• Search Google Scholar
    • Export Citation
  • 19

    Knapen MH, Drummen NE, Smit E, Vermeer C & Theuwissen E. Three-year low-dose menaquinone-7 supplementation helps decrease bone loss in healthy postmenopausal women. Osteoporosis International 2013 24 24992507. (doi:10.1007/s00198-013-2325-6)

    • Search Google Scholar
    • Export Citation
  • 20

    Kanellakis S, Moschonis G, Tenta R, Schaafsma A, van den Heuvel EG, Papaioannou N, Lyritis G & Manios Y. Changes in parameters of bone metabolism in postmenopausal women following a 12-month intervention period using dairy products enriched with calcium, vitamin D, and phylloquinone (vitamin K(1)) or menaquinone-7 (vitamin K (2)): the Postmenopausal Health Study II. Calcified Tissue International 2012 90 251262. (doi:10.1007/s00223-012-9571-z)

    • Search Google Scholar
    • Export Citation
  • 21

    Hansen S, Hauge EM, Beck Jensen JE & Brixen K. Differing effects of PTH 1–34, PTH 1–84, and zoledronic acid on bone microarchitecture and estimated strength in postmenopausal women with osteoporosis: an 18-month open-labeled observational study using HR-pQCT. Journal of Bone and Mineral Research 2013 28 736745. (doi:10.1002/jbmr.1784)

    • Search Google Scholar
    • Export Citation
  • 22

    Boutroy S, Bouxsein ML, Munoz F & Delmas PD. In vivo assessment of trabecular bone microarchitecture by high-resolution peripheral quantitative computed tomography. Journal of Clinical Endocrinology and Metabolism 2005 90 65086515. (doi:10.1210/jc.2005-1258)

    • Search Google Scholar
    • Export Citation
  • 23

    Burghardt AJ, Link TM & Majumdar S. High-resolution computed tomography for clinical imaging of bone microarchitecture. Clinical Orthopaedics and Related Research 2011 469 21792193. (doi:10.1007/s11999-010-1766-x)

    • Search Google Scholar
    • Export Citation
  • 24

    Hansen S, Brixen K & Gravholt CH. Compromised trabecular microarchitecture and lower finite element estimates of radius and tibia bone strength in adults with turner syndrome: a cross-sectional study using high-resolution-pQCT. Journal of Bone and Mineral Research 2012 27 17941803. (doi:10.1002/jbmr.1624)

    • Search Google Scholar
    • Export Citation
  • 25

    Pistoia W, van Rietbergen B, Lochmuller EM, Lill CA, Eckstein F & Ruegsegger P. Estimation of distal radius failure load with micro-finite element analysis models based on three-dimensional peripheral quantitative computed tomography images. Bone 2002 30 842848. (doi:10.1016/S8756-3282(02)00736-6)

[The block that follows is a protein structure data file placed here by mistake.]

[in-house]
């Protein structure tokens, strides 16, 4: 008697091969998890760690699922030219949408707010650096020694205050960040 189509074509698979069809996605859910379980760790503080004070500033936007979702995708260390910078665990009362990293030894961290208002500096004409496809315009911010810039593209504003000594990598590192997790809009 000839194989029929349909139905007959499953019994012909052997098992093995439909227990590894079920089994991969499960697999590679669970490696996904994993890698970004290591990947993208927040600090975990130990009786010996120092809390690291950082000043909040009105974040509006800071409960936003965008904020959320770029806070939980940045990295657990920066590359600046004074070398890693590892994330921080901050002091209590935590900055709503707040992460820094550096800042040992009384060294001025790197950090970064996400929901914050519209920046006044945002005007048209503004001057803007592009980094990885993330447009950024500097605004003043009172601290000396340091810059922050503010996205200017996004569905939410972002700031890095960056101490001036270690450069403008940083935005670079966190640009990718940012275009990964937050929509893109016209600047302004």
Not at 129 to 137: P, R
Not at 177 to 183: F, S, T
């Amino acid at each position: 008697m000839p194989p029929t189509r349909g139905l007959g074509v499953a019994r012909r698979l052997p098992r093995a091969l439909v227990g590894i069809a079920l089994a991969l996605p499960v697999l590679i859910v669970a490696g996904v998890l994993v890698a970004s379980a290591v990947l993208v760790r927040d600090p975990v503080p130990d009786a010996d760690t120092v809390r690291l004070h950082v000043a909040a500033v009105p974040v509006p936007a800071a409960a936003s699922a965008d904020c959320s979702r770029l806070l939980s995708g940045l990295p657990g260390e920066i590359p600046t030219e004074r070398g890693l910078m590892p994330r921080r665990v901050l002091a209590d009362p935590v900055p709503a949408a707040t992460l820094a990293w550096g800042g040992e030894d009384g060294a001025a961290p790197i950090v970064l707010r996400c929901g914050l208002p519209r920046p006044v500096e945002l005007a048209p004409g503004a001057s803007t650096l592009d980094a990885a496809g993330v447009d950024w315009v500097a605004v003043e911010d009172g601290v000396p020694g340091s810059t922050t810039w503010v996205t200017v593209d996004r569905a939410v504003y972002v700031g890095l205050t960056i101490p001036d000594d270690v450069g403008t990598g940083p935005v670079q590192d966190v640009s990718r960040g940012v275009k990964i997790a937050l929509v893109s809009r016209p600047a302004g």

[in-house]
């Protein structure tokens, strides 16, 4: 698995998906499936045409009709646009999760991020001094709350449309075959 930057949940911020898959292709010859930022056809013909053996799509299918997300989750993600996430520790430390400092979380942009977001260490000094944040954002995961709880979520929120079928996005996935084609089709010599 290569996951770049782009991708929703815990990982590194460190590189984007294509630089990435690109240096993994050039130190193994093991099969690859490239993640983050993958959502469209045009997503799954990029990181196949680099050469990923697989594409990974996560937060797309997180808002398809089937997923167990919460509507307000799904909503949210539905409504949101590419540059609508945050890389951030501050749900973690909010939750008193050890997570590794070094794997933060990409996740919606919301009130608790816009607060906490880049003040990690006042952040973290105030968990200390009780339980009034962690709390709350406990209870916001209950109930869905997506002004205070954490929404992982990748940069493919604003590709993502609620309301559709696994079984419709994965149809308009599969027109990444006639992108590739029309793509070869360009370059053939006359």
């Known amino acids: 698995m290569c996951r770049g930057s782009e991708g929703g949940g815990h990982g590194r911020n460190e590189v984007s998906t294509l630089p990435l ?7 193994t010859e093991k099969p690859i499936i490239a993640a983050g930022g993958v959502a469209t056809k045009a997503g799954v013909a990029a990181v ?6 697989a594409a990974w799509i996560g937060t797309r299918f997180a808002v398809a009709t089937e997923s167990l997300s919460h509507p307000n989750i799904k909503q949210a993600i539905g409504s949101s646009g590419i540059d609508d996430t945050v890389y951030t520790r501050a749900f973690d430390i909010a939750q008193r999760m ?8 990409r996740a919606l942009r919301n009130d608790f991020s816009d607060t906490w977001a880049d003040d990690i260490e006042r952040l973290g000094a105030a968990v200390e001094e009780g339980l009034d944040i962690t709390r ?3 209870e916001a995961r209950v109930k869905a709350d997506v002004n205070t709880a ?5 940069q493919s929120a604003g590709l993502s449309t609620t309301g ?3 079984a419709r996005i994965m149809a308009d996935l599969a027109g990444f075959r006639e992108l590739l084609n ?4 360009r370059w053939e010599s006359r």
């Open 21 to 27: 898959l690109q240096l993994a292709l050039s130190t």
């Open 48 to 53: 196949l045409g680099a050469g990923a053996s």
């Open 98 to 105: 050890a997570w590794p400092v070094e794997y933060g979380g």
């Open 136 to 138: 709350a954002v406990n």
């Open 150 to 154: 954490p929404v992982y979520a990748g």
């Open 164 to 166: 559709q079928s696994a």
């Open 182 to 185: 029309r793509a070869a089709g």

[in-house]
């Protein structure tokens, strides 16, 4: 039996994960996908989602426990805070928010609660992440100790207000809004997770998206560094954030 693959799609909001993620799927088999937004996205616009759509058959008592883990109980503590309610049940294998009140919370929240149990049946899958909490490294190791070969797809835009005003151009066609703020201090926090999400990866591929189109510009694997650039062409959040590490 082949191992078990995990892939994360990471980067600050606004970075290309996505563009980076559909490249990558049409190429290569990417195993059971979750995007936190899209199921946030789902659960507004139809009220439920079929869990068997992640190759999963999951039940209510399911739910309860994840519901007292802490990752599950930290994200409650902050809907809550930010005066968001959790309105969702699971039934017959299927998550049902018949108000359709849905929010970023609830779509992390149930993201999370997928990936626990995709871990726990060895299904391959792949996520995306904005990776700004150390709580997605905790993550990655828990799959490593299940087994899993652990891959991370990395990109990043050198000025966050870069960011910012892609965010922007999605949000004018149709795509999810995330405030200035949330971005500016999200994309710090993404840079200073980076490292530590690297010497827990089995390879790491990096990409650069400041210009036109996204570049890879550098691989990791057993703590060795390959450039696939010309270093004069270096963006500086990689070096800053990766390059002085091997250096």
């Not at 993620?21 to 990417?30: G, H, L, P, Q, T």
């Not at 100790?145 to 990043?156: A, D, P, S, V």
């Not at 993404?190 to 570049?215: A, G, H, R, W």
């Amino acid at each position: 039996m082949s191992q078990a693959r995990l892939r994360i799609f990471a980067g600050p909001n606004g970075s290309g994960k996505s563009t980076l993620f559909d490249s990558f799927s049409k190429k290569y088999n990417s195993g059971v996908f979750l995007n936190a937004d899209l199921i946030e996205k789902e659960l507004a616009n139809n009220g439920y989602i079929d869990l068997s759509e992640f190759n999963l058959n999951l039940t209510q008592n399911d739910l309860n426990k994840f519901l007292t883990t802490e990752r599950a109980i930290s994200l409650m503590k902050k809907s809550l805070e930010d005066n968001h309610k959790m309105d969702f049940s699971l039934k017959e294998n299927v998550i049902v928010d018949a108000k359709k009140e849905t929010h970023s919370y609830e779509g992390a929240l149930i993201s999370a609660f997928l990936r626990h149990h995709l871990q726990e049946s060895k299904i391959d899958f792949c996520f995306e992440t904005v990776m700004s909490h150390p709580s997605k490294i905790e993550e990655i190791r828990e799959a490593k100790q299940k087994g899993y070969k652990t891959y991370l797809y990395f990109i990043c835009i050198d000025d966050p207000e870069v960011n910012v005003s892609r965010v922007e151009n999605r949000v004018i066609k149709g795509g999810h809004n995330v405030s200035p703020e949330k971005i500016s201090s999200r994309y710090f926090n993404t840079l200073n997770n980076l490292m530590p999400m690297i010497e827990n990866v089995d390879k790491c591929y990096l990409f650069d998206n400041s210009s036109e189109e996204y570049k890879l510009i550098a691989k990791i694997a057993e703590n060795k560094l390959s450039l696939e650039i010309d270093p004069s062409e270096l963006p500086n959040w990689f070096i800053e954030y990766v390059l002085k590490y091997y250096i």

• Search Google Scholar
    • Export Citation
  • 26

    Kappa Bioscience O, Norway. Kappa Bioscience Clinical Study Summary 2012.

  • 27

    Atalay S, Elci A, Kayadibi H, Onder CB & Aka N. Diagnostic utility of osteocalcin, undercarboxylated osteocalcin, and alkaline phosphatase for osteoporosis in premenopausal and postmenopausal women. Annals of Laboratory Medicine 2012 32 2330. (doi:10.3343/alm.2012.32.1.23)

    • Search Google Scholar
    • Export Citation
  • 28

    Kawalilak CE, Johnston JD, Olszynski WP & Kontulainen SA. Characterizing microarchitectural changes at the distal radius and tibia in postmenopausal women using HR-pQCT. Osteoporosis International 2014 25 20572066. (doi:10.1007/s00198-014-2719-0)

    • Search Google Scholar
    • Export Citation
  • 29

    Cheung AM, Majumdar S, Brixen K, Chapurlat R, Fuerst T, Engelke K, Dardzinski B, Cabal A, Verbruggen N & Ather S et al. Effects of odanacatib on the radius and tibia of postmenopausal women: improvements in bone geometry, microarchitecture, and estimated bone strength. Journal of Bone and Mineral Research 2014 29 17861794. (doi:10.1002/jbmr.2194)

    • Search Google Scholar
    • Export Citation
  • 30

    Koshihara Y & Hoshi K. Vitamin K2 enhances osteocalcin accumulation in the extracellular matrix of human osteoblasts in vitro. Journal of Bone and Mineral Research 1997 12 431438. (doi:10.1359/jbmr.1997.12.3.431)

    • Search Google Scholar
    • Export Citation
  • 31

    Abrahamsen B, Masud T, Avenell A, Anderson F, Meyer HE, Cooper C, Smith H, LaCroix AZ, Torgerson D & Johansen A et al. Patient level pooled analysis of 68 500 patients from seven major vitamin D fracture trials in US and Europe. BMJ 2010 340 b5463. (doi:10.1136/bmj.b5463)

    • Search Google Scholar
    • Export Citation
  • 32

    Bischoff-Ferrari HA, Willett WC, Orav EJ, Lips P, Meunier PJ, Lyons RA, Flicker L, Wark J, Jackson RD & Cauley JA et al. A pooled analysis of vitamin D dose requirements for fracture prevention. New England Journal of Medicine 2012 367 4049. (doi:10.1056/NEJMoa1109617)

    • Search Google Scholar
    • Export Citation

 

     European Society of Endocrinology

Sept 2018 onwards Past Year Past 30 Days
Abstract Views 0 0 0
Full Text Views 3983 1369 94
PDF Downloads 3503 1429 102
  • View in gallery

    Changes in microarchitecture by HRpQCT from baseline to 12 months. (A) Tibia. (B) Radius. Mean (%) change ± se in trabecular numbers, trabecular spacing and trabecular thickness. *P < 0.05 compared with placebo.

  • View in gallery

    Changes in bone turnover markers. (A) S-undercarboxylated osteocalcin (ucOC). (B) S-total osteocalcin (OC). (C) Ratio s-undercarboxylated osteocalcin to s-total osteocalcin (ucOC/OC-ratio). (D) S-bone-specific alkaline phosphatase (BSAP). (E) S-Procollagen 1, N-terminal propeptide (P1NP). (F) S-C-terminal telopeptide (CTX). Mean (%) change ± se from baseline after 6 and 12 months. *P < 0.017 compared with placebo.